Mental Floss has an interesting article explaining how back until about the year 1600, the word “pink” used to refer to the greenish-yellow color that lakes get from floating vegetation. This probably comes from the German word pinkeln, which means “to urinate”. But, “pink” has a lot of other meanings, including as a verb. So one of the definitions of “to pink” is “to perforate in an ornamental pattern”. No one’s sure how its meaning as a color went from urine-yellow to pale red, but the best theory is that it came from Queen Elizabeth. She loved pinked carnations, which happened to be colored pink (as in pale red) but were called “pinked” because they have notched, or pinked petals. So, the idea is that the word was first applied to the carnations because of pattern of the petals, but then people started using it to refer to the carnations’ color instead.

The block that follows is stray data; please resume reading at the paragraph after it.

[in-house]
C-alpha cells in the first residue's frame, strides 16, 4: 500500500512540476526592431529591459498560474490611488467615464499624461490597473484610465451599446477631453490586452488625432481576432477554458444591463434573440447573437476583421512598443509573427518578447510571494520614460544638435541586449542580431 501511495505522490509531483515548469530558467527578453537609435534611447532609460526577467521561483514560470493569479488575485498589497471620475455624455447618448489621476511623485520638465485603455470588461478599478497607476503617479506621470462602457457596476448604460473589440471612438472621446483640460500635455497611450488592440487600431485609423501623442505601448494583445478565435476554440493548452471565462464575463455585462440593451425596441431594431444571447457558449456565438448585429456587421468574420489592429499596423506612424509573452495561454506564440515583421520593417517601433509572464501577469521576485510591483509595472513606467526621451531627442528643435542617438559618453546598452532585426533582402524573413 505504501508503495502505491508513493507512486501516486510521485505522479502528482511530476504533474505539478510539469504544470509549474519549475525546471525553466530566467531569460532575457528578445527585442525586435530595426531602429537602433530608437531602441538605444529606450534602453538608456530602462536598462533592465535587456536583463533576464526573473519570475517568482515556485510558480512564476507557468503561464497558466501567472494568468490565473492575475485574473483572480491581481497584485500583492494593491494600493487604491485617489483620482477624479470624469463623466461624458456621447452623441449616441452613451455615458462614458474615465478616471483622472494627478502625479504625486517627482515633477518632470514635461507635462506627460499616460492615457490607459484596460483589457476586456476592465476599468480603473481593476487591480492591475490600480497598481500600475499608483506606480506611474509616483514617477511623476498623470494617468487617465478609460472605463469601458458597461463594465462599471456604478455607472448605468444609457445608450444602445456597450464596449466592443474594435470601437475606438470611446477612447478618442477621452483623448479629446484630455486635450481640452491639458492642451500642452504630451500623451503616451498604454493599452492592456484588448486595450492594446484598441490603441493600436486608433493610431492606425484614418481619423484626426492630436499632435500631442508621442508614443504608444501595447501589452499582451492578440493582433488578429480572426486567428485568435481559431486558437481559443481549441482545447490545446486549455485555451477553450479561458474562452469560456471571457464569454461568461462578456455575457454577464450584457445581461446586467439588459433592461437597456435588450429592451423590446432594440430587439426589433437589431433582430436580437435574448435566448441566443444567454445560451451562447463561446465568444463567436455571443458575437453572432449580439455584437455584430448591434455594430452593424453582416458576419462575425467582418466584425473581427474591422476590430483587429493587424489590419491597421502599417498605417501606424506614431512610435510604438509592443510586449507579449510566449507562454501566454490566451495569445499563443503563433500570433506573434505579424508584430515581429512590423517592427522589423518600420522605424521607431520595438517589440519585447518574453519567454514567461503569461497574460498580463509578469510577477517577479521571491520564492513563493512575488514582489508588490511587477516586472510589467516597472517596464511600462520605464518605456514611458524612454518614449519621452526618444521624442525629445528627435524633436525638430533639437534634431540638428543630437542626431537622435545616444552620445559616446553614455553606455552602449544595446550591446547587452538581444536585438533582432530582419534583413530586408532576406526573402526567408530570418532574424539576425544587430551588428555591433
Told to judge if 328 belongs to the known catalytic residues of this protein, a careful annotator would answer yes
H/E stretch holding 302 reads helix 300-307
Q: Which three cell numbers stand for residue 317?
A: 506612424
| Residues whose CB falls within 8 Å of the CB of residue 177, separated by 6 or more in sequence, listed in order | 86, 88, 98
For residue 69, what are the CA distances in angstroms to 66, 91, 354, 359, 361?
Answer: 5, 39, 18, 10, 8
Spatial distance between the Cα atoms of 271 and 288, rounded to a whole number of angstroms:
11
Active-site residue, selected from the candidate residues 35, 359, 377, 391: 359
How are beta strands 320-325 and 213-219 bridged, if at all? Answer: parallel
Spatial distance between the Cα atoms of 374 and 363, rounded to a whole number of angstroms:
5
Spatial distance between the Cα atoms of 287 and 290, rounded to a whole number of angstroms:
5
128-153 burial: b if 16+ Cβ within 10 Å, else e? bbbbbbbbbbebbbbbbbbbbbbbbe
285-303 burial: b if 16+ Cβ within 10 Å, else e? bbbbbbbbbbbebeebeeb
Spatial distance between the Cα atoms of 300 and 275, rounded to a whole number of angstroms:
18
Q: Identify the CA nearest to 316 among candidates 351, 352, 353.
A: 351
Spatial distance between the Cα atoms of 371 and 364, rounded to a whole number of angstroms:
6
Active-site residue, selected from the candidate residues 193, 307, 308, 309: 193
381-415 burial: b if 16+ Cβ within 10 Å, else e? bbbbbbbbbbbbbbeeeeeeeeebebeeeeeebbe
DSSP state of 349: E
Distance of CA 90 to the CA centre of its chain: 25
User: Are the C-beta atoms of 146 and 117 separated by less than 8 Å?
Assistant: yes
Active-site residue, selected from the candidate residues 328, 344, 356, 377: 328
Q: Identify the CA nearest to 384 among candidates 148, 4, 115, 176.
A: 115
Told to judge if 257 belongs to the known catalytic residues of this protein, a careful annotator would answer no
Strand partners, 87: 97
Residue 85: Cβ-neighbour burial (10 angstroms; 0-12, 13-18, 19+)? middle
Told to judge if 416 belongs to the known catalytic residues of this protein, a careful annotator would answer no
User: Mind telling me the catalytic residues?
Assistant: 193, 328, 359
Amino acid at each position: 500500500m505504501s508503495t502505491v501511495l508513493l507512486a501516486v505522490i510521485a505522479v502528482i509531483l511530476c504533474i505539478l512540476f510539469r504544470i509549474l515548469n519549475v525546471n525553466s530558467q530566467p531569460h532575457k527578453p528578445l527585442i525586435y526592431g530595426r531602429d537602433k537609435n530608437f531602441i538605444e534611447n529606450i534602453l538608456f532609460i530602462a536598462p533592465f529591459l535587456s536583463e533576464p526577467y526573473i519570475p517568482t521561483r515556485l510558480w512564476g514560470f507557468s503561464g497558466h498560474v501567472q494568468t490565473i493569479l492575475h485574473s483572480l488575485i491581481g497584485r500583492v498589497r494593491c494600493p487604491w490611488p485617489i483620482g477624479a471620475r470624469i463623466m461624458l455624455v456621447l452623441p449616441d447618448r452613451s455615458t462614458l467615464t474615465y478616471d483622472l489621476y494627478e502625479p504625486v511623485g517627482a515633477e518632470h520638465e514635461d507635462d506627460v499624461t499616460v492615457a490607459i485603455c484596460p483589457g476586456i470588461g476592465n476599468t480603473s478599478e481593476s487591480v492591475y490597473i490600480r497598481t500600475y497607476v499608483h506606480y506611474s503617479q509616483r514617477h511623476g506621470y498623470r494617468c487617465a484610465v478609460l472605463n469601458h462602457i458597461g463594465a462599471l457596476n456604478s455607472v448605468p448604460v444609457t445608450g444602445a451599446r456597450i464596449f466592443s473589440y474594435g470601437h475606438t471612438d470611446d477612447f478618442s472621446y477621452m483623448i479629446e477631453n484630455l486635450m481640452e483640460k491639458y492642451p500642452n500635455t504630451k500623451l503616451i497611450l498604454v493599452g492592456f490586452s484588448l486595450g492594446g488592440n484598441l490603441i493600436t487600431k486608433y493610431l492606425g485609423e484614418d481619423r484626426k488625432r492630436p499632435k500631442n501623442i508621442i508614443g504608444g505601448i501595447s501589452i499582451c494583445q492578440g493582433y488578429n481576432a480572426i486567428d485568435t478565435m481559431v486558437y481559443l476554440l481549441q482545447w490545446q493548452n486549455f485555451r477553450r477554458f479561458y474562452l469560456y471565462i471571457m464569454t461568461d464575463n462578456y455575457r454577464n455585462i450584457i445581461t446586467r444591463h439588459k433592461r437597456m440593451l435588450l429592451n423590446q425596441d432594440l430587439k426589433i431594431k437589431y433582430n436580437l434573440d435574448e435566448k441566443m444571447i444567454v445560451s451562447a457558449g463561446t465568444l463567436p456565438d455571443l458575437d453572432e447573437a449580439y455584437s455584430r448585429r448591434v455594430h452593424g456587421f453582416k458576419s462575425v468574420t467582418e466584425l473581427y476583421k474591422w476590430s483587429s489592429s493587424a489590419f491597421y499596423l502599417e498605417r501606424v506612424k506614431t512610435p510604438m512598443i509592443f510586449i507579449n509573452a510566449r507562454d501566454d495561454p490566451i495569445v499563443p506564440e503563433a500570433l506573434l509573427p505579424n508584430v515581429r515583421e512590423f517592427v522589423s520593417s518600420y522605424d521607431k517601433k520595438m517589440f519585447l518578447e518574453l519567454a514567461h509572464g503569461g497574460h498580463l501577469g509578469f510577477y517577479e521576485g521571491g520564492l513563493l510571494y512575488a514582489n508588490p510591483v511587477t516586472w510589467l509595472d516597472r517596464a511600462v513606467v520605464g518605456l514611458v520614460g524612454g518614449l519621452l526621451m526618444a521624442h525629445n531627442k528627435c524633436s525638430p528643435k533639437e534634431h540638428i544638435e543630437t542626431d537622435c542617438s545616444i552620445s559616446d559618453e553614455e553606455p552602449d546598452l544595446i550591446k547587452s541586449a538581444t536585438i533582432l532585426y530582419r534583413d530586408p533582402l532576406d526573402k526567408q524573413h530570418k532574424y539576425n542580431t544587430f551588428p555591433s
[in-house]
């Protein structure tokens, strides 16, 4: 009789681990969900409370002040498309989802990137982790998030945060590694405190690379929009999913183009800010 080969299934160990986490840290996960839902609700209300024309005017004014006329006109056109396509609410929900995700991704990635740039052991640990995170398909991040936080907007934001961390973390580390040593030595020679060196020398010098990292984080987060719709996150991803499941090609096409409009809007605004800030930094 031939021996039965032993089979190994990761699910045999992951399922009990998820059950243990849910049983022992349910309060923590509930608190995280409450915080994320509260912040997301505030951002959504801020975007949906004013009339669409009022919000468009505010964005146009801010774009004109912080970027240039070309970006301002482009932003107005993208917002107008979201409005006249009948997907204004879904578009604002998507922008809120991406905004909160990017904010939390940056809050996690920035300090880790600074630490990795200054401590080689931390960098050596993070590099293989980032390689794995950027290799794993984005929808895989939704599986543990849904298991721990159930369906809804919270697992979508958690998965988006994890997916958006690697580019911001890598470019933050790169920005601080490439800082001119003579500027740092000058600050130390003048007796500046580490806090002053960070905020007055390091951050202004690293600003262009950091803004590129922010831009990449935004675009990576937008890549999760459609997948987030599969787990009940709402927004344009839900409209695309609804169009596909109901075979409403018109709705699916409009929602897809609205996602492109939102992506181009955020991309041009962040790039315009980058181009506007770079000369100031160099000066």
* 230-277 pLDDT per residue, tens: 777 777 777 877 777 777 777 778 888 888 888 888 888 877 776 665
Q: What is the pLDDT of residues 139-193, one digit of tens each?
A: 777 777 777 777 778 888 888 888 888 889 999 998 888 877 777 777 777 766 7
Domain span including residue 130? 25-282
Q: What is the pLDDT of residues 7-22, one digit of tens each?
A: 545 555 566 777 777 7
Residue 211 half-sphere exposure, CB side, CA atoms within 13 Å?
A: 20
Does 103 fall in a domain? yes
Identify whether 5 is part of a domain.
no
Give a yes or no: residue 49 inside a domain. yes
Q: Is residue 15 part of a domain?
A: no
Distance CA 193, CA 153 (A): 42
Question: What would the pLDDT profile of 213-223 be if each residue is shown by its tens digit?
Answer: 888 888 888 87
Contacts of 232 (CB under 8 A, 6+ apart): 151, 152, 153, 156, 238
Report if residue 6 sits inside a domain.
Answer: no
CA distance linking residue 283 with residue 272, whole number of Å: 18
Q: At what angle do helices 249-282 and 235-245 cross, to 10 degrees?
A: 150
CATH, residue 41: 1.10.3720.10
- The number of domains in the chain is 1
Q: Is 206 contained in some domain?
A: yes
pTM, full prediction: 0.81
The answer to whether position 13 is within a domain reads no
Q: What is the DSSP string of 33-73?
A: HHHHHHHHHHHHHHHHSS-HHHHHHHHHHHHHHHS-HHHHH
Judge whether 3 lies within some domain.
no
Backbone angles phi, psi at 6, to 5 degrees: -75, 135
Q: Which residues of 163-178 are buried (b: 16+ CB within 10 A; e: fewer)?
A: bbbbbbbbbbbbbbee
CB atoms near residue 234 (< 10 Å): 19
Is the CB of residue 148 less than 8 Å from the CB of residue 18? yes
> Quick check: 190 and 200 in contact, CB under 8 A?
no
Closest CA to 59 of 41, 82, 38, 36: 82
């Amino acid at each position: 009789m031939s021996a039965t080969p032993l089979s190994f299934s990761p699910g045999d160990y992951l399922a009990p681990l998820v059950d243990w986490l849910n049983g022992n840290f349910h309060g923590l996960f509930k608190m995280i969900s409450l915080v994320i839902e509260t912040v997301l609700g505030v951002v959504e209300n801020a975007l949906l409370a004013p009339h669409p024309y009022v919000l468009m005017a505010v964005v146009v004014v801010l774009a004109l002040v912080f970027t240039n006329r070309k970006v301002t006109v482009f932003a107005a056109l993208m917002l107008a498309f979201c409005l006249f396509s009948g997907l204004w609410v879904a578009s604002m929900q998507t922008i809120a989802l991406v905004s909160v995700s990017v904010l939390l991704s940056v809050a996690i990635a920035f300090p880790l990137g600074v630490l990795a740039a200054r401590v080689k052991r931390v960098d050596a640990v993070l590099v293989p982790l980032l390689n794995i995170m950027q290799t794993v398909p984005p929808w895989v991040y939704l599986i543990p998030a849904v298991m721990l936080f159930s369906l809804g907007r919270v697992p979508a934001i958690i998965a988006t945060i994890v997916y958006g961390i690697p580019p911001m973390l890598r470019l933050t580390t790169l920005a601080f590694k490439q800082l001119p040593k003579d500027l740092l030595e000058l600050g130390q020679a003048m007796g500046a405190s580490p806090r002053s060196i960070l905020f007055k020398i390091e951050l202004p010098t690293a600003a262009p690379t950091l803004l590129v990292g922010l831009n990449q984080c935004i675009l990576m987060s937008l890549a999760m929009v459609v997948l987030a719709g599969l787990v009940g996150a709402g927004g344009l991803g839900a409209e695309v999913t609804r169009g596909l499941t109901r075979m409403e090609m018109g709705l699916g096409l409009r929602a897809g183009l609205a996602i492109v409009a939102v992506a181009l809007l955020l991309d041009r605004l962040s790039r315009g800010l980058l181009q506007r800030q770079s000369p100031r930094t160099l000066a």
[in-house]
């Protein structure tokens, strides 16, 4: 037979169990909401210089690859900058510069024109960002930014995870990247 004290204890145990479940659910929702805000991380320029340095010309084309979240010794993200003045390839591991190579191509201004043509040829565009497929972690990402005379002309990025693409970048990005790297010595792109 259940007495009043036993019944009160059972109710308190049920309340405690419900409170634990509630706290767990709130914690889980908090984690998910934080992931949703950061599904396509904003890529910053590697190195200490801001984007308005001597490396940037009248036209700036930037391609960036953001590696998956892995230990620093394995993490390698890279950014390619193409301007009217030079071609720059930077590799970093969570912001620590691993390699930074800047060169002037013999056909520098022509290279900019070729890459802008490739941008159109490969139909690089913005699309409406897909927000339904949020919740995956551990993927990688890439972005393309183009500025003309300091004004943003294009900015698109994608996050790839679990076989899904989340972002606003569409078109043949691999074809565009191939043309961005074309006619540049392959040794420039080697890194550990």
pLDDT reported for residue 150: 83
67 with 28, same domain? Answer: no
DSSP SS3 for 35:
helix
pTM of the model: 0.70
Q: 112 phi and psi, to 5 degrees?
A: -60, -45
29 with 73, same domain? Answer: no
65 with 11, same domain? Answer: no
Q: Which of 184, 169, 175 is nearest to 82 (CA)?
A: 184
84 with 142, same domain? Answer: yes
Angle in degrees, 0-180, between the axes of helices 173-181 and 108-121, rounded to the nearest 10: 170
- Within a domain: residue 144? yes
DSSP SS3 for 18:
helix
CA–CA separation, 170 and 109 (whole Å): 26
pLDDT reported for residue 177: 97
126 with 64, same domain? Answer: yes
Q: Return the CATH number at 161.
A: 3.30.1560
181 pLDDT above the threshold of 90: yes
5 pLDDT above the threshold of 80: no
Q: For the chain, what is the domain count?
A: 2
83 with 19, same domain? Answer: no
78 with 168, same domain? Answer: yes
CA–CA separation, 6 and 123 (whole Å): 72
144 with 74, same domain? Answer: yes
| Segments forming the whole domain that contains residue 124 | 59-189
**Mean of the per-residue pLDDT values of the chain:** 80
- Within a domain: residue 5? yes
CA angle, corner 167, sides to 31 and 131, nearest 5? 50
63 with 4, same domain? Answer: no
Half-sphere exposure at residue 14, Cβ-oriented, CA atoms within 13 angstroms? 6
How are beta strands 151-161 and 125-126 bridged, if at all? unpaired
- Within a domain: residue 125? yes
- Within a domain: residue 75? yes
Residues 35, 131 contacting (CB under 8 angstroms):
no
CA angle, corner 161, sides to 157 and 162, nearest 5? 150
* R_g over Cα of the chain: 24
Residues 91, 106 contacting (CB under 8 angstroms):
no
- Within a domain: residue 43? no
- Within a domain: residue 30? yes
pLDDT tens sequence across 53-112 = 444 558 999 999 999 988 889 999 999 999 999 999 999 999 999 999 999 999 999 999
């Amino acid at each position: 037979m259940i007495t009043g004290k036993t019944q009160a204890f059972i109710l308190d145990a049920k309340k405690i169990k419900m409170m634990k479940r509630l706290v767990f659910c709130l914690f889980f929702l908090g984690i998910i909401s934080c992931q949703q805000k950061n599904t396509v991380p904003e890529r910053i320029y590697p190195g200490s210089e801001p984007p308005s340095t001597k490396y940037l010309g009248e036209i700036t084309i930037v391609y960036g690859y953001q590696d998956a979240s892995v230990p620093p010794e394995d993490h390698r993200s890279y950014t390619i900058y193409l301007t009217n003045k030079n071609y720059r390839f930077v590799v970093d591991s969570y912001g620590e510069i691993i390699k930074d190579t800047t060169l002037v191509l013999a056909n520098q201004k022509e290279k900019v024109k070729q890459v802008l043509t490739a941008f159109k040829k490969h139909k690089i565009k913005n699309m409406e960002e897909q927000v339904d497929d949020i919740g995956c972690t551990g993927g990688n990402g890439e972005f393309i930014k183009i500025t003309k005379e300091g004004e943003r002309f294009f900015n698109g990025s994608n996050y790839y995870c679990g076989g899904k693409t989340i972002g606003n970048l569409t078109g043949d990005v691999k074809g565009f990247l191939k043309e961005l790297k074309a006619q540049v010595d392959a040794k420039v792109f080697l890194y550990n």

From Mental Floss